The UK government will continue its review into the Prevent anti-radicalisation scheme following the fatal stabbing of Conservative MP Sir David Amess.
Home Secretary Priti Patel on Sunday said the long-awaited review, which was initially launched in 2019, would ensure the scheme was “fit for purpose” and would indicate where the system needs strengthening.
On Saturday, it emerged that the main suspect in the stabbing, Ali Harbi Ali, was on the Prevent programme several years ago, only to be removed.
Mr Ali, described as a British citizen of Somali heritage, has been detained under the Terrorism Act and was being questioned at a London police station.
“Prevent is going through an independent review right now,” Ms Patel told Sky News.
“It’s timely to do that, we have to learn, we obviously constantly have to learn, not just from incidents that have taken place but how we can strengthen our programmes.”
With an annual budget of around £40 million ($55m), Prevent aims to stop people from becoming terrorists or supporting terrorism.
Former justice secretary Robert Buckland said more co-operation between schools, the health service and other public agencies was required to ensure security forces can intervene early to prevent terror attacks.
Mr Buckland said he hoped the review being led by former Charity Commission chairman William Shawcross would “urgently” lead to a more “joined-up” approach.
“I very much hope that when it comes to community supervision and community involvement with people like this particular individual, that it is much more joined-up between health services, education, whatever it might be, who have had some involvement with that individual in the past,” he told Times Radio.
“And I think that element of being joined-up is what we really need to work on urgently.”
Nazir Afzal, a former chief prosecutor with the UK's Crown Prosecution Service, also said the system was not working in its current guise.
“What’s so depressing is Prevent’s deradicalisation programme is failing on too many occasions,” he said on Twitter.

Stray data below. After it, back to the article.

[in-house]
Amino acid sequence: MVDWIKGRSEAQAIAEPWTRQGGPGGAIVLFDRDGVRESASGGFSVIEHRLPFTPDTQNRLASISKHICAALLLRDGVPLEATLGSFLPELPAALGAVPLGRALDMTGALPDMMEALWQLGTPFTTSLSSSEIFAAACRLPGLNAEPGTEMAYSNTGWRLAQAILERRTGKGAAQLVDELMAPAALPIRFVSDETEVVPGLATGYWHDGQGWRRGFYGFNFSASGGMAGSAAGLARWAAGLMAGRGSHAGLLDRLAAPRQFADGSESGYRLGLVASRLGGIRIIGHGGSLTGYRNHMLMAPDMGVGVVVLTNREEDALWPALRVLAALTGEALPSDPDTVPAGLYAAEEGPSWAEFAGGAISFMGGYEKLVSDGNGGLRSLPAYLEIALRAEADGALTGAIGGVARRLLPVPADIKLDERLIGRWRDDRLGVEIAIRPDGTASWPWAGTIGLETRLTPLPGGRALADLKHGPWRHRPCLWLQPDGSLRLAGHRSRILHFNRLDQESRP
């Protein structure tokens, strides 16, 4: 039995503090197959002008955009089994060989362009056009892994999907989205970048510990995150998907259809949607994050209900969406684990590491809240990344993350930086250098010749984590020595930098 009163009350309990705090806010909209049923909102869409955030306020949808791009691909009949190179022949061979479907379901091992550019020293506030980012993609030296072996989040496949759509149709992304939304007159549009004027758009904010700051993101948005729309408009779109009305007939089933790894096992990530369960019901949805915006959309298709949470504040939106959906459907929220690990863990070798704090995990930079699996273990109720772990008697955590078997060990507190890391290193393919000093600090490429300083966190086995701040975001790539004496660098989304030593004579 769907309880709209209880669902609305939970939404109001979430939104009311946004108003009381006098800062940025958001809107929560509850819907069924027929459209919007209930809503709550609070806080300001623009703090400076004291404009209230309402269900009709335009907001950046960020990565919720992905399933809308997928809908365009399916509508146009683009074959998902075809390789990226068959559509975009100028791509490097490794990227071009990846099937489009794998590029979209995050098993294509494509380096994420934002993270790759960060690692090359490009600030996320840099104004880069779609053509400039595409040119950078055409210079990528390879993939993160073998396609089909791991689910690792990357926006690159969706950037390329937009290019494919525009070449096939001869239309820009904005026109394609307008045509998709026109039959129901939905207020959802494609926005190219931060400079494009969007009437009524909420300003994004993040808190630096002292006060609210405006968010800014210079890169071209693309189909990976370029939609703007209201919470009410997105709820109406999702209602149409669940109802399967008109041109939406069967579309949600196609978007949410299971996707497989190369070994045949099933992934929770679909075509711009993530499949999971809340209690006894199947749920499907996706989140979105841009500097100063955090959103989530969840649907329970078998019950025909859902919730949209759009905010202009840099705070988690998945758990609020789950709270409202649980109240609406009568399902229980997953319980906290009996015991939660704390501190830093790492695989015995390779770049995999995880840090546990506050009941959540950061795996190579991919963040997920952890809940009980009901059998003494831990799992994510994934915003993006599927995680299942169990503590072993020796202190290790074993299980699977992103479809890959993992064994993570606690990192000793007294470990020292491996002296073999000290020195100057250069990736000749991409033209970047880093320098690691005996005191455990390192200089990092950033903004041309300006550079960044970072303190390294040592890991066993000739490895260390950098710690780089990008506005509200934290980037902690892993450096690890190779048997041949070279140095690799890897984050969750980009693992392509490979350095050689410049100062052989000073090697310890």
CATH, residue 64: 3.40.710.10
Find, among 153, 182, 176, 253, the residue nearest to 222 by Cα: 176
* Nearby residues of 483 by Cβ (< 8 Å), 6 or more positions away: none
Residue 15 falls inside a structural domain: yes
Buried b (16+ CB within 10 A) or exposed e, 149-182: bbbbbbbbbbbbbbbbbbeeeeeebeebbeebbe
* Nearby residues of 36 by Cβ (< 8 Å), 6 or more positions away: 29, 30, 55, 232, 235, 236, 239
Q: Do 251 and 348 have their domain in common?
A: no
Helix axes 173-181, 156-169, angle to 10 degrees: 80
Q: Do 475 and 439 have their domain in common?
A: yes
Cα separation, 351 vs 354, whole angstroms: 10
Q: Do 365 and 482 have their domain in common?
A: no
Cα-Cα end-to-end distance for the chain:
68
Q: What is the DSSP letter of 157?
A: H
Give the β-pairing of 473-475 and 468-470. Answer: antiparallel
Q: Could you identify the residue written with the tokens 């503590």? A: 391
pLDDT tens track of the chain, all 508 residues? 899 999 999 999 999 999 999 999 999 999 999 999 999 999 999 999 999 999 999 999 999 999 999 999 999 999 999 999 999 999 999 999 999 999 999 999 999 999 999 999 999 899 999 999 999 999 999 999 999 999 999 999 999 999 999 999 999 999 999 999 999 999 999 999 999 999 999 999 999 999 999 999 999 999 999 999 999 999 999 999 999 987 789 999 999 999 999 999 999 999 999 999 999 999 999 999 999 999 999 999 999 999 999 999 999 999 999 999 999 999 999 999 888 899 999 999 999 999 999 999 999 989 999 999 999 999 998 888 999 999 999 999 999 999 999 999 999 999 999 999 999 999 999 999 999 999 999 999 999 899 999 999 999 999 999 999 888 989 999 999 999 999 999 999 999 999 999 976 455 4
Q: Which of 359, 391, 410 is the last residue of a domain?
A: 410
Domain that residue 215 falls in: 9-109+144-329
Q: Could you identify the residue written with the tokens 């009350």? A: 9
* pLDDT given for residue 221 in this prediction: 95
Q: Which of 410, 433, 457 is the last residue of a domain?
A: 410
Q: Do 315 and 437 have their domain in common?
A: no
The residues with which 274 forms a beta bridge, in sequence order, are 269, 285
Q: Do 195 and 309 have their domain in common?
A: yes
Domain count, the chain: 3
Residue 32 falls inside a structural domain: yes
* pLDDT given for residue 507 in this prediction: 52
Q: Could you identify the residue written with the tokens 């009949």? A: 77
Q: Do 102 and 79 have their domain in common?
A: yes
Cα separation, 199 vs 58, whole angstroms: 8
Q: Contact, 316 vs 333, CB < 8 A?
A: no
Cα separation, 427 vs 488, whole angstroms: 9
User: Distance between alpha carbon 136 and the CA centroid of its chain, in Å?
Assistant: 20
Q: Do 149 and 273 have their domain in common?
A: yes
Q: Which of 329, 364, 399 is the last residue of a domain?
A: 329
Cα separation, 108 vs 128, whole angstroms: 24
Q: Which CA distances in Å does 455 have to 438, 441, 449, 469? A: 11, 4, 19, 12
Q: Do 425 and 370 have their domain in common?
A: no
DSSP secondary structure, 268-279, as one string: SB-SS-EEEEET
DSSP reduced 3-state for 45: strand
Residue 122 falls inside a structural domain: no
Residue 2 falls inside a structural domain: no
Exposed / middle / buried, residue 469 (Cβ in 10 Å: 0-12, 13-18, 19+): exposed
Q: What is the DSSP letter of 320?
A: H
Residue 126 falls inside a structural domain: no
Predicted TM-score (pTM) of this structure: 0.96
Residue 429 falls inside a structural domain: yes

On Sunday, the Home Secretary announced politicians were being offered “immediate” security changes, including plans to provide police protection while they held constituency surgeries.
Asked if she would consider airport-style security, Ms Patel said: “That would be with the police and the House [Parliamentary] authorities. There are lots of things under consideration already.”
MPs could also be asked to share their whereabouts at all times with police, she said.
Ms Patel said security services were watching for people who may have become radicalised online during coronavirus lockdowns and pose the threat of a “lone wolf” attack.
“Threats are always there and if you listen to my colleagues, even the director general of MI5, he has spoken publicly about lone actors”, she said on the BBC’s Andrew Marr Show.
The Labour party's shadow foreign secretary Lisa Nandy admitted she did not feel safe in public in her Wigan constituency and was not sure the threat to MPs could ever be fully eliminated.
Andrew Rosindell, the MP for Romford said MPs were “a little bit” frightened after the fatal stabbing and that “if it could happen to David, it could happen to any MP”.
Amess, 69, who had been an MP since 1983, was meeting constituents at Belfairs Methodist Church in Leigh-on-Sea, Essex, on Friday afternoon when he was stabbed multiple times in a frenzied attack.
His death comes five years after the Labour MP for Batley and Spen, Jo Cox, was murdered in 2016 as she was on her way to a constituency surgery.